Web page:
BOSTON (AP) — Reputed Boston gangster James "Whitey" Bulger kept his end of a bargain to cooperate with the government in exchange for immunity from federal prosecution, and now the government should keep theirs, Bulger's attorneys say.
Bulger should be able to present evidence about the alleged deal during his trial over his role in 19 killings, his attorneys argued in papers filed Monday in federal court in Boston.
Prosecutors said in their response that Bulger's claim is "absurd."
Bulger's lawyers said in their brief that Bulger has never claimed — as prosecutors have said — that he had "a license to kill," only that he can't be prosecuted for federal crimes committed while the deal was in effect. They concede he could be prosecuted by state authorities.
"The defendant did not possess a license to kill but rather an agreement with the Department of Justice," they wrote. "He seeks only that the DOJ honor its promise to refrain from prosecution."
Prosecutors responded in their filing Tuesday that Bulger's claim about an immunity deal is baseless, and there is nothing to support it.
"Unfortunately for the defendant, no document exists to support his extraordinary claim that he has immunity from prosecution for his lifelong crime spree that ranged from extortion to narcotics distribution to murder," prosecutors said in the filing, adding that Bulger has refused to provide any evidence of it.
The 83-year-old Bulger, who is allegedly a former FBI informant, is accused of committing his crimes in the 1970s and 1980s, when he ran the Winter Hill Gang. He fled Boston in 1994 and was captured in California in 2011.
Bulger attorneys J.W. Carney Jr. and Henry Brennan argued that Bulger's deal with a prosecutor, the late Jeremiah O'Sullivan, was valid until O'Sullivan left the U.S. attorney's office in 1989.
"The Department of Justice is therefore barred from prosecuting the defendant for any crimes that occurred prior to 1989," they wrote.
The defense argued that the court can't invalidate the agreement because it has no legal basis to review a federal prosecutor's decision not to prosecute someone.
The defense also said Bulger performed "his duty" throughout the deal but weren't specific about what that duty was and have said Bulger will testify he was never an informant.
In their brief, prosecutors said that claim is "extraordinary" and "incoherent" and Bulger "continues to dodge his obligation to supply any information to the court regarding his immunity claim rather than a vague allegation" about O'Sullivan.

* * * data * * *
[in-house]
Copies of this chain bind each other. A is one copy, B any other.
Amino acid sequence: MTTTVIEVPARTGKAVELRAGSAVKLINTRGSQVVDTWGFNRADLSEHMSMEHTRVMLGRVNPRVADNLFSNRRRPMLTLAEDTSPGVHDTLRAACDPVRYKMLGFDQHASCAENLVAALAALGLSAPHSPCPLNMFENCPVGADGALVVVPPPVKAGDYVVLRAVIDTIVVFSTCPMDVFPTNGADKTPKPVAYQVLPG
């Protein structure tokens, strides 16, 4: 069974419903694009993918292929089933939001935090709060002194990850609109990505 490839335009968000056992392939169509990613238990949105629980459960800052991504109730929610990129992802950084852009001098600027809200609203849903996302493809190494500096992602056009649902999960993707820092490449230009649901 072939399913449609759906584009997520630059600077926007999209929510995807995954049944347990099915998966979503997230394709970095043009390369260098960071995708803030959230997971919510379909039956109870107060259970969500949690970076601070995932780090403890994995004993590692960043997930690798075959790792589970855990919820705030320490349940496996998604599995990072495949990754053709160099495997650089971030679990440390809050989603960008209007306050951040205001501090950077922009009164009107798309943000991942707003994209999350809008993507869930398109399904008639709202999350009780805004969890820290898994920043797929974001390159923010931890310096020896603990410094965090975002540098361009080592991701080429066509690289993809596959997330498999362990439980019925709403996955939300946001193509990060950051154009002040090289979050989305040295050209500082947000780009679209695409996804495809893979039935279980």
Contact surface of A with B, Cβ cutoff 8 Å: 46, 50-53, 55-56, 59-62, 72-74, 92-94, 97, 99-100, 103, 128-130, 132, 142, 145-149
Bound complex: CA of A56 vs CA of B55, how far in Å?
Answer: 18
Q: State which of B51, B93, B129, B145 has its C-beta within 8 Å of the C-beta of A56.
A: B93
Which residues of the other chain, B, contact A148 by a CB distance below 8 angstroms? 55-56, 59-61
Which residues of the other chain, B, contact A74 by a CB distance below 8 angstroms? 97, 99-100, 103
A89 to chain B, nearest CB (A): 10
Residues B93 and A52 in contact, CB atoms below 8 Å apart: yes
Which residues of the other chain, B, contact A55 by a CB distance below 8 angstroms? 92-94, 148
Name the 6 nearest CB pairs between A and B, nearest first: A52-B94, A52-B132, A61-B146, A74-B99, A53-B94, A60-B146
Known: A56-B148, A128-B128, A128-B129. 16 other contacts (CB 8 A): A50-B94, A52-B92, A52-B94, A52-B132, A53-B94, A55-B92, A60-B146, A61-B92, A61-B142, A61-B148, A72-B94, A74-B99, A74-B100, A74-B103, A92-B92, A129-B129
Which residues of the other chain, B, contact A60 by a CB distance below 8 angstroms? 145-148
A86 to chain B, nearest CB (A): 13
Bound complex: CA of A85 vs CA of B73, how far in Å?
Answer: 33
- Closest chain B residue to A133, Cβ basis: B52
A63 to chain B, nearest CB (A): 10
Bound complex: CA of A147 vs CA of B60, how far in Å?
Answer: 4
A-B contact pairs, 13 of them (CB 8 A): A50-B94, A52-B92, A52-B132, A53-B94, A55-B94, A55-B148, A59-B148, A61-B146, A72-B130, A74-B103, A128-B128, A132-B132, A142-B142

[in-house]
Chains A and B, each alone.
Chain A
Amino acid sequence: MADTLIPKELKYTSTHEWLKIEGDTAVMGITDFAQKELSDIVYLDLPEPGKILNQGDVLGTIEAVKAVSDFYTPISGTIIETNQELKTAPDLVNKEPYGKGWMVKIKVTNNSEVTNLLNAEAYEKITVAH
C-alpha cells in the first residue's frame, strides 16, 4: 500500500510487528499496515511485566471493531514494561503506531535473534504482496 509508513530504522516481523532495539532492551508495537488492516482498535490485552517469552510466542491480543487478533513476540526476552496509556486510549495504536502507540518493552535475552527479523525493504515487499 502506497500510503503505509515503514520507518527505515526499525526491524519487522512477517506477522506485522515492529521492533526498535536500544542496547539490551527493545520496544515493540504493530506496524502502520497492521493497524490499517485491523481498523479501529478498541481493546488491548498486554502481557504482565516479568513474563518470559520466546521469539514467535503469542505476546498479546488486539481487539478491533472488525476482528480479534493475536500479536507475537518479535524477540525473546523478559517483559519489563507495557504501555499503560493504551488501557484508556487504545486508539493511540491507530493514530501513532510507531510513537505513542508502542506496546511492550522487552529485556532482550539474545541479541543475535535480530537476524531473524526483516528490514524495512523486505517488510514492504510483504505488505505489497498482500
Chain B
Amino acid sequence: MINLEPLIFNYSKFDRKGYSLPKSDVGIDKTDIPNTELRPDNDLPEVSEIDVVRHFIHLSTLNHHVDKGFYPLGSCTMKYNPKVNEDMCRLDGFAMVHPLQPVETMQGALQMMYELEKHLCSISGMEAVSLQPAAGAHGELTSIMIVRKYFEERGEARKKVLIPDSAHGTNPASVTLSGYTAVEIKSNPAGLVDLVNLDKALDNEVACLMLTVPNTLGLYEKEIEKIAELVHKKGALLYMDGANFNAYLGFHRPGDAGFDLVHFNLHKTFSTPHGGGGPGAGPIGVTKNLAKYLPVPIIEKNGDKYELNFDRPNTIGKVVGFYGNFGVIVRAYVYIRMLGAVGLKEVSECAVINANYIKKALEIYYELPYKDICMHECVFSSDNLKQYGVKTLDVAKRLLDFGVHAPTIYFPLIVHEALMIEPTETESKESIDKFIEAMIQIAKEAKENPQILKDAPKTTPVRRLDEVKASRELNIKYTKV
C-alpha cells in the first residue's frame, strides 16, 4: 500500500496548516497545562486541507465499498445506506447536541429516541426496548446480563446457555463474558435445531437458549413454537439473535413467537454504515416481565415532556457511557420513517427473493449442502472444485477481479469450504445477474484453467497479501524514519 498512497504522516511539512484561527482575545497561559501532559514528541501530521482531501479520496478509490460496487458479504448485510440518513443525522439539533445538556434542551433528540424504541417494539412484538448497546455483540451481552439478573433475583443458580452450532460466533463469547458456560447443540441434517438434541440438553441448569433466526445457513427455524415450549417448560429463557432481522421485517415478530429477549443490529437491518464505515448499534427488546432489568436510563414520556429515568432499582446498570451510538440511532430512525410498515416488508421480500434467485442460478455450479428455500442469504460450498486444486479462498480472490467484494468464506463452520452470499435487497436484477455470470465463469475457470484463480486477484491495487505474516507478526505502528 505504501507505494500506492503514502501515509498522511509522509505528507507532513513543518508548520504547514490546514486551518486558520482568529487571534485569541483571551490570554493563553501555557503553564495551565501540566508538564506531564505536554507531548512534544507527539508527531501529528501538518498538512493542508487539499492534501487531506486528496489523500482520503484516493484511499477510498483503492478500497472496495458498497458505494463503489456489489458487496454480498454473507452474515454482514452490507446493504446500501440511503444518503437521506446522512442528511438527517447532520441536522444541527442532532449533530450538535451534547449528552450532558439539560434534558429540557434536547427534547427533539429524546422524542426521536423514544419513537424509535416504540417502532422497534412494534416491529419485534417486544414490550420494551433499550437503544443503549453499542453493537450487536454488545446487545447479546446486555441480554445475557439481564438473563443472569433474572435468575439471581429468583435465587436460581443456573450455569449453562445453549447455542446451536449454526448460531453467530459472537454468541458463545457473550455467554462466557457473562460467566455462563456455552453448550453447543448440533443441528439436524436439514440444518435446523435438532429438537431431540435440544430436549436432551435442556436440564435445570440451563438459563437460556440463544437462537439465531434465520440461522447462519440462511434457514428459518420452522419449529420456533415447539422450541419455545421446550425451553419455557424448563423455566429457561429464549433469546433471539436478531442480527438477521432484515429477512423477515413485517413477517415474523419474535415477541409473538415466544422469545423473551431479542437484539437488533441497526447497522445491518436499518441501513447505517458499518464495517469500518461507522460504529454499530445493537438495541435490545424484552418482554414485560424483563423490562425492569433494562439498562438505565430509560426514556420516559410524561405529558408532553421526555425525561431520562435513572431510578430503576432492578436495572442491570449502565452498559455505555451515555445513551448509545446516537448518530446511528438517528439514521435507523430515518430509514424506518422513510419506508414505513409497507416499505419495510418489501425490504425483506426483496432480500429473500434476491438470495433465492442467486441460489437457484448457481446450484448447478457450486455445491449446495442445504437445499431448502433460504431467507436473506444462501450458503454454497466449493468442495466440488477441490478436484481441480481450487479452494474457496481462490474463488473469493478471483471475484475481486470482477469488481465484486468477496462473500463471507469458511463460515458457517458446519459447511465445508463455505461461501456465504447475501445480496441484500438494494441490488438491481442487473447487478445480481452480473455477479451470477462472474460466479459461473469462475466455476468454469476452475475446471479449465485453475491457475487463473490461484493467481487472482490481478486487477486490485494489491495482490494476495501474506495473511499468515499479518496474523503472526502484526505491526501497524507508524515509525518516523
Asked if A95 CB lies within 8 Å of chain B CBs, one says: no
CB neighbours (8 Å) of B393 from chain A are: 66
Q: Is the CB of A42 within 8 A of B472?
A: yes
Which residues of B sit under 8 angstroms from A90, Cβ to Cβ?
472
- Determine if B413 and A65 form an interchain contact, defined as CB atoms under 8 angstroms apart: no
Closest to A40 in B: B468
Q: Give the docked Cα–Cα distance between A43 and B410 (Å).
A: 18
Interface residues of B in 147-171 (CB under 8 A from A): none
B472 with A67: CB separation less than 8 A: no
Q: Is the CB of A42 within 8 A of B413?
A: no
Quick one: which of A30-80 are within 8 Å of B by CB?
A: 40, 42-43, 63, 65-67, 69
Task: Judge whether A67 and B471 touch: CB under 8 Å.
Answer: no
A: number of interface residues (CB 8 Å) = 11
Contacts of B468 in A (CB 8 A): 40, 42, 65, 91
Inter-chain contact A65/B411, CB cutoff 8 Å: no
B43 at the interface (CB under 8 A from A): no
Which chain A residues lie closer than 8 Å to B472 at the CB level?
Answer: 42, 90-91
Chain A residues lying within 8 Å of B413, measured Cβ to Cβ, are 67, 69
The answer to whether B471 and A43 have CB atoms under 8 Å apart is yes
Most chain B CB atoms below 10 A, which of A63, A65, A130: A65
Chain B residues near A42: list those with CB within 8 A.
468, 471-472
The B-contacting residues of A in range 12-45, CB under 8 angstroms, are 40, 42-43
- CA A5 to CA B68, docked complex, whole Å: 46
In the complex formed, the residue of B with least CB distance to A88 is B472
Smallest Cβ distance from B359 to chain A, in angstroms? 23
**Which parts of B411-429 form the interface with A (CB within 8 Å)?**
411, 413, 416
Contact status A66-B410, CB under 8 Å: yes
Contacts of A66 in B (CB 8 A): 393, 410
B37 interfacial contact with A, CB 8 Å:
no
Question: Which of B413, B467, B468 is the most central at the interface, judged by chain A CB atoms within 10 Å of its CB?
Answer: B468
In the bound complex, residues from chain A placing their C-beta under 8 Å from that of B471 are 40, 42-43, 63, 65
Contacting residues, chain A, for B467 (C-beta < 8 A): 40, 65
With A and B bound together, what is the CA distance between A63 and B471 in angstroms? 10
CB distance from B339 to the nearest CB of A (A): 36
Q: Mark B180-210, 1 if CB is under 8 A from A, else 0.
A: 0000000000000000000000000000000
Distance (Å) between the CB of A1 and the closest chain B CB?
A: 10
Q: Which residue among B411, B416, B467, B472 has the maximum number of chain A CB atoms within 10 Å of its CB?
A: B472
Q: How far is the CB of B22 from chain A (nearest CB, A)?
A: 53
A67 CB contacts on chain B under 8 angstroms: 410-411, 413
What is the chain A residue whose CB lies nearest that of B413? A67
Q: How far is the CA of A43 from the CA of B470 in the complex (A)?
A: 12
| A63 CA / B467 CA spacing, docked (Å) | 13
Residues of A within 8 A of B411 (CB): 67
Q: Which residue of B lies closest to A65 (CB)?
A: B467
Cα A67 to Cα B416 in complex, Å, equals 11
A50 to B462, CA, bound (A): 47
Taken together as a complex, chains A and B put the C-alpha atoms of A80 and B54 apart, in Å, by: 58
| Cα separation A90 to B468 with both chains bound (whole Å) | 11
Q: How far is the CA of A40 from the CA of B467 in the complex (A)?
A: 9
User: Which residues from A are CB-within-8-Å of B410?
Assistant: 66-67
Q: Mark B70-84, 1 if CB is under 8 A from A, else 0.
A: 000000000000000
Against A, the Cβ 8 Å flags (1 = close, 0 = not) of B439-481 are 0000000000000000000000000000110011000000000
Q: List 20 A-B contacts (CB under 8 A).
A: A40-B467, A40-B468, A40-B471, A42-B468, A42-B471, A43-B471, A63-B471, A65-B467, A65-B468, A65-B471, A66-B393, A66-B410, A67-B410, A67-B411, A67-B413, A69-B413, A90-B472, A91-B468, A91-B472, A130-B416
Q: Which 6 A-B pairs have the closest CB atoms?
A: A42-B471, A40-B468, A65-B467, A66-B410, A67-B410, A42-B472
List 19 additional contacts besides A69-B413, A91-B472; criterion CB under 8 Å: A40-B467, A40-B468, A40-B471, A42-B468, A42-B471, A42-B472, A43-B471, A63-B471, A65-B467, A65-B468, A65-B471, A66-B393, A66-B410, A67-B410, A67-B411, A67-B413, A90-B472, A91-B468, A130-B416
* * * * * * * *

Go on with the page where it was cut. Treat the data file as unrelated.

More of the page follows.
In other court documents, prosecutors have said 700 pages of FBI reports prove Bulger was an informant. And they've called Bulger's argument that he was free to commit crimes, even though he wasn't an informant, "strange and unsubstantiated."
In their filing Tuesday, prosecutors said "the defendant prefers to twist himself into a pretzel rather than admit the truth, i.e., that he was an FBI informant."
In a separate filing, Bulger's attorneys moved to have a previous judge's rulings on the immunity claim vacated and reconsidered by "a judge of unquestioned neutrality."
The previous judge, U.S. District Judge Richard Stearns, was removed from the case because he worked in the U.S. attorney's office when Bulger says O'Sullivan gave him the immunity deal.
Stearns had barred Bulger from claiming he received immunity for future crimes but requested more information about the alleged deal clearing him for past crimes.
Prosecutors responded that there's nothing to justify reconsideration of Stearns' ruling by the new judge.
In a separate filing Monday, prosecutors said it would be "unnecessary and ill-advised" to force them to turn over an informant's name, as Bulger has requested.
Bulger's lawyers argue the informant could help discredit a key witness against Bulger, his longtime associate Kevin Weeks, by contradicting Weeks' story that he, Bulger and two other men legitimately won a $14.3 million lottery prize that they split. The informant told an FBI agent the prize was part of a money-laundering scheme.
But prosecutors say the informant's identity is irrelevant to Bulger's case because Bulger isn't charged with any crime related to the winning lottery ticket. They also argue disclosing the name would endanger the informant.
"(Bulger) is charged with killing a number of government informants and, if freed, would undoubtedly seek revenge on anyone who assisted the government in making a case against him," prosecutors wrote.